The United States has vowed to veto a full membership application, should it come before the U.N. Security Council. The Palestinian government could also go to the General Assembly, where only a majority vote would be needed to gain a lesser status -- that of permanent observer, similar to the position the Vatican currently holds. A vote in its favor would be all but assured.
But Netanyahu said the General Assembly is not the "declared destination of the Palestinians," as permanent observer status would not carry the same weight and importance as an approved membership state application.
"I think the Palestinians understand that they have to negotiate borders and security with the Israelis," former U.S. President Bill Clinton said Sunday on NBC's "Meet the Press." Clinton said seeking U.N. membership is "an act of frustration by the Palestinians."
The United States will veto it, he said, and "the rest of us have got to contain the fallout ... This is one of those deals where we're either going to go forward or fall back, and I favor going forward."
The United States has "been working tirelessly to try to prevent this happening," Michael Oren, Israeli ambassador to the United States, told "State of the Union." "American diplomatic representatives have been working with other members of the Quartet, the European Union, the Russians, the U.N., to create a format which would be acceptable to us -- and we are very, very close now to the American position -- and to persuade the Palestinians to desist from going to the U.N., to come back to the negotiating table."
"We need to get to a two-state solution based on a Palestinian state living side by side with a Jewish state, in permanent and mutual peace and recognition," Oren said.
Mideast Quartet envoy Tony Blair told ABC's "This Week" on Sunday, "I understand why the Palestinians feel that they should go to the United Nations, and by the way, they're perfectly entitled to go there. But I think what we will be looking for over the next few days is a way of putting together something that allows their claims and legitimate aspirations for statehood to be recognized whilst actually renewing the only thing that's going to produce a state, which is a negotiation directly between the two sides."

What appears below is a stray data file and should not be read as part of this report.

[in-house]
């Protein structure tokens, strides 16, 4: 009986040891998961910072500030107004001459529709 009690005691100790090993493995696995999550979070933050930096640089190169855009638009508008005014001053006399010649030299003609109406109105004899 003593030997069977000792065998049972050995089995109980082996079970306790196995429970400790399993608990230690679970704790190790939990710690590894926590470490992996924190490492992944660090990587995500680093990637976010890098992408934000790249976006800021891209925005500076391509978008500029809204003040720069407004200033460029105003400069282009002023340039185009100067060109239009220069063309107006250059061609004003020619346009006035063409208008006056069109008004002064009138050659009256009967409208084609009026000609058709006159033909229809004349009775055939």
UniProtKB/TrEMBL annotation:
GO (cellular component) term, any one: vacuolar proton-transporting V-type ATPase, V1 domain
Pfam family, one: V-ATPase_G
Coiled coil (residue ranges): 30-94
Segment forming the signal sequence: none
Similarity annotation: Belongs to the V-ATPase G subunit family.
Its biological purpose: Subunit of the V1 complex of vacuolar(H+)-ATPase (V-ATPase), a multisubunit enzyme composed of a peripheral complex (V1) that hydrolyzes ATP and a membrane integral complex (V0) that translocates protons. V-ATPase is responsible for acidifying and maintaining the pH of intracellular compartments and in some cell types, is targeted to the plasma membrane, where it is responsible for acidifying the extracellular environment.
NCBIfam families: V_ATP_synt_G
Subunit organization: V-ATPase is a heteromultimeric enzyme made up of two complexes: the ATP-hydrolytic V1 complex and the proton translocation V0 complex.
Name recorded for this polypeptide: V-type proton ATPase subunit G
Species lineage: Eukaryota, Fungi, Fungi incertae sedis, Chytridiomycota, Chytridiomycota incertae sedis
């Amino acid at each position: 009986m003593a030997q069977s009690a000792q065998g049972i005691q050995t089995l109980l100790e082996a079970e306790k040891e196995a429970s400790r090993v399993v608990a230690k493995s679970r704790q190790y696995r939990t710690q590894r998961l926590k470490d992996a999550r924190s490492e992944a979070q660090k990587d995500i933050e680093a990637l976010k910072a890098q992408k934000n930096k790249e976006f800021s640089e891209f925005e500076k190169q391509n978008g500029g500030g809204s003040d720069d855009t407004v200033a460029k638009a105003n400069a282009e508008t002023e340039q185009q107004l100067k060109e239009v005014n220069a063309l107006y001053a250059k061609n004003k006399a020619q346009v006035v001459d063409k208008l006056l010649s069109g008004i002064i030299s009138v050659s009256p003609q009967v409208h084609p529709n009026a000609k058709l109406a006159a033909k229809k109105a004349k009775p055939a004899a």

Netanyahu said he will also be at the U.N. General Assembly this week.
"The U.N. is not the place where Israel gets much applause," he said, "but it is important that I will go there in order to represent the state of Israel and in order to present the truth, and the truth is that Israel wants peace."
His U.N. appearance has two purposes, Netanyahu said -- to ensure the Palestinian bid "will not succeed" and to present Israel's truth to the General Assembly, "which I believe is also the general truth, our desire for peace."
While these topics are important any time, he said, "they are important today many times over, when the Middle East is going through this tremendous shaking, that has shook Tunisia and Yemen and Libya and Egypt and Syria and ever other part of the region."
"At these times we need a government with a policy that stands tough and firm for our needs for a peace settlement, and nonetheless we are willing to enter negotiations for peace with our Palestinian neighbors should they desire to do so," Netanyahu said.
Netanyahu said he believes that "eventually, after the smoke clears from the events at the U.N., the Palestinians will come to their senses, so I hope, and abandon these negotiation-bypassing moves and sit down (at) the table in order for us to achieve peace and security."
CNN's Guy Azriel and Kevin Flower contributed to this report.